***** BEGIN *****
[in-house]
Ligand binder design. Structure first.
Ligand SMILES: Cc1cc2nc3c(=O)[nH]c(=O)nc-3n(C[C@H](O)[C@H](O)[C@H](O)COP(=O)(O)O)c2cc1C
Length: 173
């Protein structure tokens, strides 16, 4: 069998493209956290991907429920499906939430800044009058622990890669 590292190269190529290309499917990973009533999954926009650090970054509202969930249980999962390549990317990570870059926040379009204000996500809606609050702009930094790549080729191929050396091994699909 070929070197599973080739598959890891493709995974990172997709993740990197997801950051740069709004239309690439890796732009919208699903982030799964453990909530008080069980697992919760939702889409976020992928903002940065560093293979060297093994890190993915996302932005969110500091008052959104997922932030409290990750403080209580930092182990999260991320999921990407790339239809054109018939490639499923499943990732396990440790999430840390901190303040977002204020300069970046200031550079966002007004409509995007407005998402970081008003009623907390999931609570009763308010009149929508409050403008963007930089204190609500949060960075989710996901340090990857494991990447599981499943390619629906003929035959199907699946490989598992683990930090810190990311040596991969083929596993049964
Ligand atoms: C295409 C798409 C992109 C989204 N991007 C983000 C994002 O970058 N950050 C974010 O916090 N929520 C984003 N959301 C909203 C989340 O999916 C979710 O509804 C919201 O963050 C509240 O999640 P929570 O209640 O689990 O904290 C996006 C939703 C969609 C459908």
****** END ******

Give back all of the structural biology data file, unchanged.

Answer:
[in-house]
Ligand binder design. Structure first.
Ligand SMILES: Cc1cc2nc3c(=O)[nH]c(=O)nc-3n(C[C@H](O)[C@H](O)[C@H](O)COP(=O)(O)O)c2cc1C
Length: 173
């Protein structure tokens, strides 16, 4: 069998493209956290991907429920499906939430800044009058622990890669 590292190269190529290309499917990973009533999954926009650090970054509202969930249980999962390549990317990570870059926040379009204000996500809606609050702009930094790549080729191929050396091994699909 070929070197599973080739598959890891493709995974990172997709993740990197997801950051740069709004239309690439890796732009919208699903982030799964453990909530008080069980697992919760939702889409976020992928903002940065560093293979060297093994890190993915996302932005969110500091008052959104997922932030409290990750403080209580930092182990999260991320999921990407790339239809054109018939490639499923499943990732396990440790999430840390901190303040977002204020300069970046200031550079966002007004409509995007407005998402970081008003009623907390999931609570009763308010009149929508409050403008963007930089204190609500949060960075989710996901340090990857494991990447599981499943390619629906003929035959199907699946490989598992683990930090810190990311040596991969083929596993049964
Ligand atoms: C295409 C798409 C992109 C989204 N991007 C983000 C994002 O970058 N950050 C974010 O916090 N929520 C984003 N959301 C909203 C989340 O999916 C979710 O509804 C919201 O963050 C509240 O999640 P929570 O209640 O689990 O904290 C996006 C939703 C969609 C459908």